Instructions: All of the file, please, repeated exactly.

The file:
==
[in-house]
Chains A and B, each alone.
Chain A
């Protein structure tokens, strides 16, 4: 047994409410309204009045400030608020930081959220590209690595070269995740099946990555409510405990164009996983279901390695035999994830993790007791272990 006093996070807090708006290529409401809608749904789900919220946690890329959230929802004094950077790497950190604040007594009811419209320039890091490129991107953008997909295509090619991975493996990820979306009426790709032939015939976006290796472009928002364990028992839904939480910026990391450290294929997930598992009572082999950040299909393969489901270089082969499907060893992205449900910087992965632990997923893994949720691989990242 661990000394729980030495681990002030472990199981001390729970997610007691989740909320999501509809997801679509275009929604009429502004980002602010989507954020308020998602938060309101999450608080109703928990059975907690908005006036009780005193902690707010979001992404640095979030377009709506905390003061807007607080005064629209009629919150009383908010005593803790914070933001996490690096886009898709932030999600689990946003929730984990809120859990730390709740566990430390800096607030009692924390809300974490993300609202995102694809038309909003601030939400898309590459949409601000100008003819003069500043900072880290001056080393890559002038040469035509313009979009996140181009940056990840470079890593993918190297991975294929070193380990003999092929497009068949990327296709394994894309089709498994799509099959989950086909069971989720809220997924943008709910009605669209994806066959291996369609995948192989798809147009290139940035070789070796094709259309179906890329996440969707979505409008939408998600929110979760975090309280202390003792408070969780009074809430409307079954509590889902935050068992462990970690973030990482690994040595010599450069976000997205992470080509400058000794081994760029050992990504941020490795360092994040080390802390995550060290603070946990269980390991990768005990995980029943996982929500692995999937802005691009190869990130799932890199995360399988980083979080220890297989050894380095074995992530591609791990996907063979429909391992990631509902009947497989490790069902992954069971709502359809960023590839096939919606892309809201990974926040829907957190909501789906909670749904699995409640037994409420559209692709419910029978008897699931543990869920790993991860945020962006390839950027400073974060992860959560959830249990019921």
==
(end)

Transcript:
[in-house]
Chains A and B, each alone.
Chain A
């Protein structure tokens, strides 16, 4: 047994409410309204009045400030608020930081959220590209690595070269995740099946990555409510405990164009996983279901390695035999994830993790007791272990 006093996070807090708006290529409401809608749904789900919220946690890329959230929802004094950077790497950190604040007594009811419209320039890091490129991107953008997909295509090619991975493996990820979306009426790709032939015939976006290796472009928002364990028992839904939480910026990391450290294929997930598992009572082999950040299909393969489901270089082969499907060893992205449900910087992965632990997923893994949720691989990242 661990000394729980030495681990002030472990199981001390729970997610007691989740909320999501509809997801679509275009929604009429502004980002602010989507954020308020998602938060309101999450608080109703928990059975907690908005006036009780005193902690707010979001992404640095979030377009709506905390003061807007607080005064629209009629919150009383908010005593803790914070933001996490690096886009898709932030999600689990946003929730984990809120859990730390709740566990430390800096607030009692924390809300974490993300609202995102694809038309909003601030939400898309590459949409601000100008003819003069500043900072880290001056080393890559002038040469035509313009979009996140181009940056990840470079890593993918190297991975294929070193380990003999092929497009068949990327296709394994894309089709498994799509099959989950086909069971989720809220997924943008709910009605669209994806066959291996369609995948192989798809147009290139940035070789070796094709259309179906890329996440969707979505409008939408998600929110979760975090309280202390003792408070969780009074809430409307079954509590889902935050068992462990970690973030990482690994040595010599450069976000997205992470080509400058000794081994760029050992990504941020490795360092994040080390802390995550060290603070946990269980390991990768005990995980029943996982929500692995999937802005691009190869990130799932890199995360399988980083979080220890297989050894380095074995992530591609791990996907063979429909391992990631509902009947497989490790069902992954069971709502359809960023590839096939919606892309809201990974926040829907957190909501789906909670749904699995409640037994409420559209692709419910029978008897699931543990869920790993991860945020962006390839950027400073974060992860959560959830249990019921």